Miami-Dade County Days comes across as a kind of spring fling for small-town officials. Some folks had flown into Tallahassee the night before, transforming the sedate Southern plantation town into Miami North for a couple of days. It is noticeable as the air in the clubby bars across the street from the capitol fills with cigar smoke and the sounds of Spanish, melding with the cool breezes of a Tallahassee spring. "¡Oye! ¡Que rica!" calls out one contingent that includes Latin Builders Association head William Delgado as two female friends walk by the outdoor tables at Andrew's.

The spring-break sensation increases as darkness falls and stiff drinks served by lithe college students begin to flow. Black, white, Latino, and Haitian folks mix freely, more easily with each other in this alien place than at home. Spanish and English become interchangeable, subject to subject, sometimes even midsentence. What's going on with the Marlins stadium, healthcare, the school district, the courts funding? Did you see who else is here?

Taxi-industry lobbyist Diego Feliciano chats up a zoning board member from the City of Miami, then moves on to catch up with a friend at Clyde's, a watering hole next door. Miami Mayor Manny Diaz and manager Joe Arriola arrive with their entourages. Placido "Paul" Debesa, an octogenarian Republican executive-committeeman from Little Havana, slowly drinks Scotch and watches the crowd, frequently popping to his feet to snap a photo of some local personage. He then sits down and resumes a conversation about all the Dade Days he's seen over the years. "The way you look and the way you talk is like Kissinger," a friend tells him. Debesa ignores the comment and stands up for another picture.

This year is different from most in that the large and boisterous fraternity of Miami's legislative delegation seems to have moved beyond political hazing rituals and has closed ranks in a remarkable fashion. At the heart of the twenty-five-member delegation are the eleven Hispanic Republicans in the House, and (sometimes) their three counterparts in the Senate. The delegation also includes six House Democrats (three African Americans, two Haitian Americans, and one Jew), four Senate Democrats (two blacks and two Jews), and one Anglo-Catholic House Republican from Monroe County. With the exception of Miami Beach's Dan Gelber, however, the Democrats are largely out of the circle of influence.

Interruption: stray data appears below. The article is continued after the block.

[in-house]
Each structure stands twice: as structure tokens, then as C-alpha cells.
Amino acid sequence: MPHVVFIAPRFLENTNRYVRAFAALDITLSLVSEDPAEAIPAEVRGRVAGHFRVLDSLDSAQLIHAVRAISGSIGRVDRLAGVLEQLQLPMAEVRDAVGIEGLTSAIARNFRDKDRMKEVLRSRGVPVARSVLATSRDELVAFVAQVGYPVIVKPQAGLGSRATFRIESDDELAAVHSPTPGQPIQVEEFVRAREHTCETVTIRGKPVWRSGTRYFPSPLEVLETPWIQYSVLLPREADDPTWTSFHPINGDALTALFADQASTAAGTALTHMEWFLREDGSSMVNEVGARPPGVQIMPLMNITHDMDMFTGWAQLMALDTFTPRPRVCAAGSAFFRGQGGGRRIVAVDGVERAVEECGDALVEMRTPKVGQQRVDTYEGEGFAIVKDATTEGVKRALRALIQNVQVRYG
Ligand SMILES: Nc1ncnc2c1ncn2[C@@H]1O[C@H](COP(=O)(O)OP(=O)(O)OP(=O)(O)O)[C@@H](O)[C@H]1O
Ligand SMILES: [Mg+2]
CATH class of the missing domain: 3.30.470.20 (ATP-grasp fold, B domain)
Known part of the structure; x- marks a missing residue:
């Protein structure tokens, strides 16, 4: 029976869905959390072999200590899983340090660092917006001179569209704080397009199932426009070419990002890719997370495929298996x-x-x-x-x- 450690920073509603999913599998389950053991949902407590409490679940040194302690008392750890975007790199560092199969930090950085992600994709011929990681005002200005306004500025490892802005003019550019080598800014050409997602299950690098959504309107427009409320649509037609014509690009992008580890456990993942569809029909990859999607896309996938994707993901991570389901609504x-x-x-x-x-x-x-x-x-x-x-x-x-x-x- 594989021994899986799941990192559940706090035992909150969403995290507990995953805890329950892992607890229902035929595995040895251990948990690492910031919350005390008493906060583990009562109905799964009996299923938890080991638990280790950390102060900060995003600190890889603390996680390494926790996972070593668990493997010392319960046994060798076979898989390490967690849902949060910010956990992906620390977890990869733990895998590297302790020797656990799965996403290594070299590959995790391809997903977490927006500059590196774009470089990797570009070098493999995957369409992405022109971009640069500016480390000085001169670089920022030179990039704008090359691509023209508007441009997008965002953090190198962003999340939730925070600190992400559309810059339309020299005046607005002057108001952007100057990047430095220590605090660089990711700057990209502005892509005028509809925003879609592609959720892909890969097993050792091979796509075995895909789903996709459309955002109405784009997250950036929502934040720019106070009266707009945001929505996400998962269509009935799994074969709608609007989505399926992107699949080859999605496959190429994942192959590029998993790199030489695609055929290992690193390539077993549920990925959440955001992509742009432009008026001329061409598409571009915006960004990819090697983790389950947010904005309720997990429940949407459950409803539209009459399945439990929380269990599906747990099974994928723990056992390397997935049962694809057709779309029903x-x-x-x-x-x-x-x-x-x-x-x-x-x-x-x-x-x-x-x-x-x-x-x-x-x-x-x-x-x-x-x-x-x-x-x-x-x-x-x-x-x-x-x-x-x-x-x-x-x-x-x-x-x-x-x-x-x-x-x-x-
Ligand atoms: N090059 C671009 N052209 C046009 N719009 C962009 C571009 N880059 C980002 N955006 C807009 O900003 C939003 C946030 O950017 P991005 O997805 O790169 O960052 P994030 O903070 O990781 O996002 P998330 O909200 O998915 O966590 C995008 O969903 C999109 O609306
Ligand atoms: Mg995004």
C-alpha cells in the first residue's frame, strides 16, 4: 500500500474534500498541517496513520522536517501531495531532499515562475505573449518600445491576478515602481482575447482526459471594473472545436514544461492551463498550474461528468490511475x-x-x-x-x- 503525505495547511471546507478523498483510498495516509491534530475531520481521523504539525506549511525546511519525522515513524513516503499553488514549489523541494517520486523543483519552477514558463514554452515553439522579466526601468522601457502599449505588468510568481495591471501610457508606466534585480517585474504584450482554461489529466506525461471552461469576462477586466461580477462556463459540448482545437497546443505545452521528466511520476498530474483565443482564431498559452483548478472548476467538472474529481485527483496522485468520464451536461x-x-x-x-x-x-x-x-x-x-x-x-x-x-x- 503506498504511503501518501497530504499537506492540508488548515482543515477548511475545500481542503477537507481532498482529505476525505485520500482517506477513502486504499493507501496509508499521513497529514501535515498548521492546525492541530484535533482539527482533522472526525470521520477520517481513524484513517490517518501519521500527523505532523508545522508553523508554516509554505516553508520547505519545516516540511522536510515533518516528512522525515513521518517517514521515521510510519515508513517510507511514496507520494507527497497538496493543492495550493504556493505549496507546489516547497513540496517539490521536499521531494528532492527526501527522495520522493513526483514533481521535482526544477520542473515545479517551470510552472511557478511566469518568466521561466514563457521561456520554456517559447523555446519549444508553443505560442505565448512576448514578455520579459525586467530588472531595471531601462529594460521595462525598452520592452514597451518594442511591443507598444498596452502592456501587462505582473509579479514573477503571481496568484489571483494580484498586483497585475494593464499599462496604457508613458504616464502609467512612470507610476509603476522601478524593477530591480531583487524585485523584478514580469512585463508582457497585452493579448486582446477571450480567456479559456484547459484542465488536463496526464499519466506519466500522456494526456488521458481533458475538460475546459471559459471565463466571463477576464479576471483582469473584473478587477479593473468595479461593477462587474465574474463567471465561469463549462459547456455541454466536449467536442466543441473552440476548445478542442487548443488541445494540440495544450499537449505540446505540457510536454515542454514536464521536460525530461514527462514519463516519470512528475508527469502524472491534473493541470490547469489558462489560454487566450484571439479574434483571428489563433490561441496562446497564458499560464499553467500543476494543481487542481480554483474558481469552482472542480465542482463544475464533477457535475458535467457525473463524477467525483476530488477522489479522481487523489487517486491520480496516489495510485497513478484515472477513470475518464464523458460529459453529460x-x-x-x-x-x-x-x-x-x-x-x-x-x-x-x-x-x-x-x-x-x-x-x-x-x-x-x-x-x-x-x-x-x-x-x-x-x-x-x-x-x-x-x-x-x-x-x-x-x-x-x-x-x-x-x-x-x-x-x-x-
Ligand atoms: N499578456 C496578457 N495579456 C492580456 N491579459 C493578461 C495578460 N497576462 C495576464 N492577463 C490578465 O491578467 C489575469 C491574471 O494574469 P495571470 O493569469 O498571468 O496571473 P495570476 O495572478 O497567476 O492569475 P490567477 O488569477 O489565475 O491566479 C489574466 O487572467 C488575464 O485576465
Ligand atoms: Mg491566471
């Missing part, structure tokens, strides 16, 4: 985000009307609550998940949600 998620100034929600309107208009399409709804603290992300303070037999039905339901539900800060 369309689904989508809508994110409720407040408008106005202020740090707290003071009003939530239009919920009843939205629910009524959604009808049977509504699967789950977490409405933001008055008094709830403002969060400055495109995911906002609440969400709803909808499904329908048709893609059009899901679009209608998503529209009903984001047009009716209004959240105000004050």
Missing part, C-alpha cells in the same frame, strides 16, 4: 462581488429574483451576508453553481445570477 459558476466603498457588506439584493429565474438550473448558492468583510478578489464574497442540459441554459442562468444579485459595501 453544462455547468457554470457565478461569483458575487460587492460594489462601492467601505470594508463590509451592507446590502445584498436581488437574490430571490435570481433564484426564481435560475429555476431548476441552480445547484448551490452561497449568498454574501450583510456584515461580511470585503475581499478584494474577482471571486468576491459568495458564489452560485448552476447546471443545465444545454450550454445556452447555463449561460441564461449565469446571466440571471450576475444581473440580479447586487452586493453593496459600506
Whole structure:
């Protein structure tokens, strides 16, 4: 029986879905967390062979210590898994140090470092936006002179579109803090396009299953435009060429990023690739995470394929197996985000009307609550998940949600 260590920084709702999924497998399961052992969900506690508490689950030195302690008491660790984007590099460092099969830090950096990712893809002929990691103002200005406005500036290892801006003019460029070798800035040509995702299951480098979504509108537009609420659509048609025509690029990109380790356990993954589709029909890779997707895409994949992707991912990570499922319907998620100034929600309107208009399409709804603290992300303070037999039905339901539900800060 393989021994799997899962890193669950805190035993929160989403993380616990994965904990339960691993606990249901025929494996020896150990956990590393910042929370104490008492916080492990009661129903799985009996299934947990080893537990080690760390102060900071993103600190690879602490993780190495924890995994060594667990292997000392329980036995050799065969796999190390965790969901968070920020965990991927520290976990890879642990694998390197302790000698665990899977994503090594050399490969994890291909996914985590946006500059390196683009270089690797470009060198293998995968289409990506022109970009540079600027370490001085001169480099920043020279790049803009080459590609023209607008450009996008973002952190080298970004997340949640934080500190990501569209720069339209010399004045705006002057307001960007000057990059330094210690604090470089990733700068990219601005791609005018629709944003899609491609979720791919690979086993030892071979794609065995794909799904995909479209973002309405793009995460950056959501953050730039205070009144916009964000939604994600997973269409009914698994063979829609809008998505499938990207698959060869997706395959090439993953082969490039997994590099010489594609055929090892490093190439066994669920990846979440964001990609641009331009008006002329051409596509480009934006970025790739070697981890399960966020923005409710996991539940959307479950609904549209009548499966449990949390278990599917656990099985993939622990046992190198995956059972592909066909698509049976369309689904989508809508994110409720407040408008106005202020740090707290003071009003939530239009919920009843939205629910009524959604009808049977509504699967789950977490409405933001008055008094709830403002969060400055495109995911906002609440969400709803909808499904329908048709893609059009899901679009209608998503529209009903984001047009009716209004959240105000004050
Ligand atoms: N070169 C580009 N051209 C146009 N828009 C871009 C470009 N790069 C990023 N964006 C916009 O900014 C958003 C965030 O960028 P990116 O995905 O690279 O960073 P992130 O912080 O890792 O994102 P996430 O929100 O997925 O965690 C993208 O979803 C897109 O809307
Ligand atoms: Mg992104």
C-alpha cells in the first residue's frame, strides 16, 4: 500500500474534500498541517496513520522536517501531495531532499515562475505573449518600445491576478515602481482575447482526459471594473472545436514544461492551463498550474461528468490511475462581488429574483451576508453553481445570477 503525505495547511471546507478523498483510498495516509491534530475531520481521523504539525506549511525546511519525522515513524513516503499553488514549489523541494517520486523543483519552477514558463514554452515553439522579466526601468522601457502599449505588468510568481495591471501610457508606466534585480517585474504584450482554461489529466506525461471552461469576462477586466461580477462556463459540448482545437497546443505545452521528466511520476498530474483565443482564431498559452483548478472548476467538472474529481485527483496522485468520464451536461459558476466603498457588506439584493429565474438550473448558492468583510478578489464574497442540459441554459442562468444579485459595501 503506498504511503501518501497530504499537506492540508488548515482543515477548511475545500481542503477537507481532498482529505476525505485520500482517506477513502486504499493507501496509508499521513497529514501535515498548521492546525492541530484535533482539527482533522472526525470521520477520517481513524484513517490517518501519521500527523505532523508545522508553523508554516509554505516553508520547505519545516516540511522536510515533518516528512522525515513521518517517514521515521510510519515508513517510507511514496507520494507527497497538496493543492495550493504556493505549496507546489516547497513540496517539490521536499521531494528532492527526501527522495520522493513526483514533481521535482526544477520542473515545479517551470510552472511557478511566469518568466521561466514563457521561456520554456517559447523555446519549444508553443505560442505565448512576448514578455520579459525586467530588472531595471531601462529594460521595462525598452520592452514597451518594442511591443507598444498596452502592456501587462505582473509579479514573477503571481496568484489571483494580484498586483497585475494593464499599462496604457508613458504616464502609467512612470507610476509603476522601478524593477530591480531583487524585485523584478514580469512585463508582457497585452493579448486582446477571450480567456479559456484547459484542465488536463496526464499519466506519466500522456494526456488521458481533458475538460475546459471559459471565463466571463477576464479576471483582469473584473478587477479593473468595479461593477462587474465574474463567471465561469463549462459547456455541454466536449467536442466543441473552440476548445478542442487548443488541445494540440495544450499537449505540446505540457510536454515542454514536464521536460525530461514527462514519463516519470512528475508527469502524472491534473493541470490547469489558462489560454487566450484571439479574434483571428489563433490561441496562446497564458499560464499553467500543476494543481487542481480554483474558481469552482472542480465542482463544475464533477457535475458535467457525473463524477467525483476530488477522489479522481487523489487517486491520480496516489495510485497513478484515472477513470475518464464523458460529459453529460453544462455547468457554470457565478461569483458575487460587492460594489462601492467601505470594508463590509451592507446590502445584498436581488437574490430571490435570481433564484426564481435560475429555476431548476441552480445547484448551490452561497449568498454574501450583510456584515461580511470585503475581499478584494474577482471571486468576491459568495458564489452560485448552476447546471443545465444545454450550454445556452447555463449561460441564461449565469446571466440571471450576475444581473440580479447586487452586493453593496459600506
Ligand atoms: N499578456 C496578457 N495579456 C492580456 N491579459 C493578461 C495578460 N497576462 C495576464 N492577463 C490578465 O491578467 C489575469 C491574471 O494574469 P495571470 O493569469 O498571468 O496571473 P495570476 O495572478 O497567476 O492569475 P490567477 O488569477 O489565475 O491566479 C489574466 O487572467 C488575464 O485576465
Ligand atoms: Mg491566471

Solidarity is either really good or not so great, depending on the angle from which this new development is observed. Eleven bodies with one head produces a dearth of independent thought. But unity in the Hispanic delegation will be a major ingredient in House majority leader Marco Rubio's bid to become Speaker of the House in 2006. A House speaker from Miami for the first time in 30-odd years would mean extra pork for South Florida. Then again, nothing is guaranteed. Just ask former Opa-locka state Rep. Willie Logan, a Democrat, who was Speaker of the House-designate until his mostly white colleagues pulled a last-minute switch in 1998. Logan retaliated by throwing his support to the gubernatorial campaign of Jeb Bush, thus continuing a tradition of uneasy alliances between blacks and Republicans in Florida that, through redistricting battles, eventually broke the Democrats' century-plus domination of the legislature.